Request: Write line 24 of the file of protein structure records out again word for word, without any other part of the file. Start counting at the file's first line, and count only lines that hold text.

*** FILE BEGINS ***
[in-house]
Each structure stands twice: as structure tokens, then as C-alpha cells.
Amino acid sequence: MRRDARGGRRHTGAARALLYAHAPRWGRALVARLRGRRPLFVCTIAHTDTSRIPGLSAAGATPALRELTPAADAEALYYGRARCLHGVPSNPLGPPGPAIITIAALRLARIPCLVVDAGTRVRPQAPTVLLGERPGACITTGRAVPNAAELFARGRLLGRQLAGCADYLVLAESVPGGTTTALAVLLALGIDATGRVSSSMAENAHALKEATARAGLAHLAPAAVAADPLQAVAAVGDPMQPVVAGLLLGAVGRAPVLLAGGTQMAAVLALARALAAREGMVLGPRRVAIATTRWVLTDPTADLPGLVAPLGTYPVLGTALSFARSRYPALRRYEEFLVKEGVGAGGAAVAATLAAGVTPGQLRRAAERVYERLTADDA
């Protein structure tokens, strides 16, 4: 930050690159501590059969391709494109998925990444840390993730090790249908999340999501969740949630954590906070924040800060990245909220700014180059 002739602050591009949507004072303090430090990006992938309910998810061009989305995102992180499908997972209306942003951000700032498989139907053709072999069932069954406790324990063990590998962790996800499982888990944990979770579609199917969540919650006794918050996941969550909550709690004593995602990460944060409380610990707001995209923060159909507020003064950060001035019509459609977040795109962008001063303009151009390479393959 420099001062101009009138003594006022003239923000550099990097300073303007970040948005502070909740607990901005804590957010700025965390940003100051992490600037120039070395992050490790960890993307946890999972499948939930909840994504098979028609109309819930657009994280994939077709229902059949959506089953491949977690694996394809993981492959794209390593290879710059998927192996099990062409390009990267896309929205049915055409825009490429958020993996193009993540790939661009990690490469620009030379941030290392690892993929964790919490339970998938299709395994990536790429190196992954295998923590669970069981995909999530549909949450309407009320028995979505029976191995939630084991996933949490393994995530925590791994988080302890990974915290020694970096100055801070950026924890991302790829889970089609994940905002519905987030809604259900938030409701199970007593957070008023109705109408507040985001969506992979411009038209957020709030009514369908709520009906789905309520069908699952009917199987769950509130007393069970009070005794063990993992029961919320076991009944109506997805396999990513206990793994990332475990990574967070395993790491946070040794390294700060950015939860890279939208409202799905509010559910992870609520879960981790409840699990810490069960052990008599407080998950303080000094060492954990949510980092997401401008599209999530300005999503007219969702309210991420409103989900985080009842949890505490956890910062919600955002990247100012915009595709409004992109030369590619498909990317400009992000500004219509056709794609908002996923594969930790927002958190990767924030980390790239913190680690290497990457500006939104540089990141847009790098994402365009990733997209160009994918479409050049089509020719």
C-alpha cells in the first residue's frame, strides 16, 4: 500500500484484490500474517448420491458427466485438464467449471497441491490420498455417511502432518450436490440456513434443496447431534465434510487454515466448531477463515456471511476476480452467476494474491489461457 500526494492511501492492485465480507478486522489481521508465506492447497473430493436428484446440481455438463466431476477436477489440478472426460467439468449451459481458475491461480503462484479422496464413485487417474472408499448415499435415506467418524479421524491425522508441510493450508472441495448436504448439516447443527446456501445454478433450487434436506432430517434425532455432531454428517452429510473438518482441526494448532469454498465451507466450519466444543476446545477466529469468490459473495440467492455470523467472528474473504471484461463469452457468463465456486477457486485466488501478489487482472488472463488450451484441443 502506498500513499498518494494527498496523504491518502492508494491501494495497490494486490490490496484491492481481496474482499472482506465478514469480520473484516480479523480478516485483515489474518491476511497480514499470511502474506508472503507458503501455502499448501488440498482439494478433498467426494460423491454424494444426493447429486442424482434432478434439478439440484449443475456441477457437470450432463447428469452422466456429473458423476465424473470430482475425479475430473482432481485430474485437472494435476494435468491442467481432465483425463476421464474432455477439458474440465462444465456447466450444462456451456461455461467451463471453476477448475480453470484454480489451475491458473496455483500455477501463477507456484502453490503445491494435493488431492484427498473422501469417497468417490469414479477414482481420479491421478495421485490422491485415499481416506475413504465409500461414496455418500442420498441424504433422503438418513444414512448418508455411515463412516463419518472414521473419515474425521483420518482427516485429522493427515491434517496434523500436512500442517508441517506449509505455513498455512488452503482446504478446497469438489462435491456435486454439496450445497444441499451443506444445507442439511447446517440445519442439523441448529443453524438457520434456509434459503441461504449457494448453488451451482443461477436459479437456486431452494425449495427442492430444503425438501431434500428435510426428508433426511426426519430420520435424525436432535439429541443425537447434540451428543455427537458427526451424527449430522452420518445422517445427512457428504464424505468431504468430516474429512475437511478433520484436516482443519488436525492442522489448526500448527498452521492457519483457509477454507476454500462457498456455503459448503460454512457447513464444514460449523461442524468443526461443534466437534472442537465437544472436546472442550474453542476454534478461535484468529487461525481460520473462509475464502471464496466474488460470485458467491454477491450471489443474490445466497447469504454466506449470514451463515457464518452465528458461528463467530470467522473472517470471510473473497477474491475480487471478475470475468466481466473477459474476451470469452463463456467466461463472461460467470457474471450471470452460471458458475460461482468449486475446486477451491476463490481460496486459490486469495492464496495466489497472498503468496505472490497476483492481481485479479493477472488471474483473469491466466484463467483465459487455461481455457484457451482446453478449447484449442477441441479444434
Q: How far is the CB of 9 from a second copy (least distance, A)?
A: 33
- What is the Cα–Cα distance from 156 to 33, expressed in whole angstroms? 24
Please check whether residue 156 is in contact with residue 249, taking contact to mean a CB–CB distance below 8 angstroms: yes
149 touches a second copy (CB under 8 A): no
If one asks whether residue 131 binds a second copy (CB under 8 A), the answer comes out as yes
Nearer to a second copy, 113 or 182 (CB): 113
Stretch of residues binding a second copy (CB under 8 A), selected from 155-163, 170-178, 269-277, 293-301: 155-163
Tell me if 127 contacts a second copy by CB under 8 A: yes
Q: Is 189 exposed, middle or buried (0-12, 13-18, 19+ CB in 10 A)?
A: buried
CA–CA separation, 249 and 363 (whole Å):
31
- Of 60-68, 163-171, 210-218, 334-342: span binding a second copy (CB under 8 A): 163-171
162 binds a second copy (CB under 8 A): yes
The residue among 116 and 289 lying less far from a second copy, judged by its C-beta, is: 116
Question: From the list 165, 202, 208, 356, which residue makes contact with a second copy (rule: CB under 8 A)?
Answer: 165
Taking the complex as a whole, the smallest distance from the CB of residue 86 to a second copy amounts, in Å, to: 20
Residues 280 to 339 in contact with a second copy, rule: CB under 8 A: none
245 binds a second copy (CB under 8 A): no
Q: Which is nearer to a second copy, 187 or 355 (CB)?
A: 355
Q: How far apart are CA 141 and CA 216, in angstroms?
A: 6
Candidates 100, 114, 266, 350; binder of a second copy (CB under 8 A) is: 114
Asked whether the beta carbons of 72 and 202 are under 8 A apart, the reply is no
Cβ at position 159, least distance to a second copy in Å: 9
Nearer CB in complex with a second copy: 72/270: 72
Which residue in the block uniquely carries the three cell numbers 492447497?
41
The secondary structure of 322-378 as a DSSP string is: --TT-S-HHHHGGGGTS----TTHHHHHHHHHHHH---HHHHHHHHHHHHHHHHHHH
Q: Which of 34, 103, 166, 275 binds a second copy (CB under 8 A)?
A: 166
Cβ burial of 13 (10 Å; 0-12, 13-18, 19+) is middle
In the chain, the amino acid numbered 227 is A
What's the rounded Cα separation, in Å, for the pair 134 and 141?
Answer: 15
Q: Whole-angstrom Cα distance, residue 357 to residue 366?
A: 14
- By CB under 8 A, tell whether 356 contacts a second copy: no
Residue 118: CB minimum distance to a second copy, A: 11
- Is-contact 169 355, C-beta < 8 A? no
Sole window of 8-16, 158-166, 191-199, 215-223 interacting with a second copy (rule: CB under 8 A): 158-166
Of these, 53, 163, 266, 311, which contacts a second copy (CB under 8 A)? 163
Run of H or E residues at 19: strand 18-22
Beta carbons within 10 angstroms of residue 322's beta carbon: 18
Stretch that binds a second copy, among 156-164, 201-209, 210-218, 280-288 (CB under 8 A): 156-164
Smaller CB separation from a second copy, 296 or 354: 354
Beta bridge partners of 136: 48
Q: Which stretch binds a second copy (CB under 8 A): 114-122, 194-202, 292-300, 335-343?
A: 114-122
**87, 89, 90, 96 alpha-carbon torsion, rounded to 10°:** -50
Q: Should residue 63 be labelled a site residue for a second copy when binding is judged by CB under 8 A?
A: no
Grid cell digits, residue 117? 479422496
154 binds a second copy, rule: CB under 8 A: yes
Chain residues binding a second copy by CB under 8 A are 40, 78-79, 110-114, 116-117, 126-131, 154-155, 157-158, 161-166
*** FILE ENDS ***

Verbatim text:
Taking the complex as a whole, the smallest distance from the CB of residue 86 to a second copy amounts, in Å, to: 20